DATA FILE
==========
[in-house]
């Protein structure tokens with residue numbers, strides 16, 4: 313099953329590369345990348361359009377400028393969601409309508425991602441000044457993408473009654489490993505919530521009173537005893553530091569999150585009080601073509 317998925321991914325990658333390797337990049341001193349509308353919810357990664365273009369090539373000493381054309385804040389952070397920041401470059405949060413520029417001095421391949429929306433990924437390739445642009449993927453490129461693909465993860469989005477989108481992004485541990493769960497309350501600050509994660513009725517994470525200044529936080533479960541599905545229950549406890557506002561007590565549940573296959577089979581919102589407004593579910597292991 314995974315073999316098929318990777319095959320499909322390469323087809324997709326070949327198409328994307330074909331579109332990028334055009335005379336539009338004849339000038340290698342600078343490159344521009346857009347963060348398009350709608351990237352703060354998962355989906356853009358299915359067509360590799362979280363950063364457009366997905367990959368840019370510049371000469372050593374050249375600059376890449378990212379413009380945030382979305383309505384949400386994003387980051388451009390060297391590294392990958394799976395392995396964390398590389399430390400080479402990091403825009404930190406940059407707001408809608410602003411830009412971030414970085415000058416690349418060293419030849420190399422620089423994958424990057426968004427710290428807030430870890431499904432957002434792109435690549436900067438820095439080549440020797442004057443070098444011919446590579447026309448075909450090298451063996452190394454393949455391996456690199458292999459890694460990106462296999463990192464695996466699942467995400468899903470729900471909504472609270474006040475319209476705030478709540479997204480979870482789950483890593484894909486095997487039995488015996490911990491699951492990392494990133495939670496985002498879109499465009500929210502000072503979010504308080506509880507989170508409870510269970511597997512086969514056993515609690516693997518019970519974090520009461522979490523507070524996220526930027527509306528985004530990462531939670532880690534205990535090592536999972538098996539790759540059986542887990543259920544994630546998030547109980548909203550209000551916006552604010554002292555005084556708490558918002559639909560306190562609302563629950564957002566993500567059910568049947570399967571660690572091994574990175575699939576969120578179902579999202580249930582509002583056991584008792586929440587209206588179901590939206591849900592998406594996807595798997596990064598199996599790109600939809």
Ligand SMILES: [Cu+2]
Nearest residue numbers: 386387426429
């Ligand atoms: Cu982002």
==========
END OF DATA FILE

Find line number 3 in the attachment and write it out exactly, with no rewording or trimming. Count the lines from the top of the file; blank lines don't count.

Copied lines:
Ligand SMILES: [Cu+2]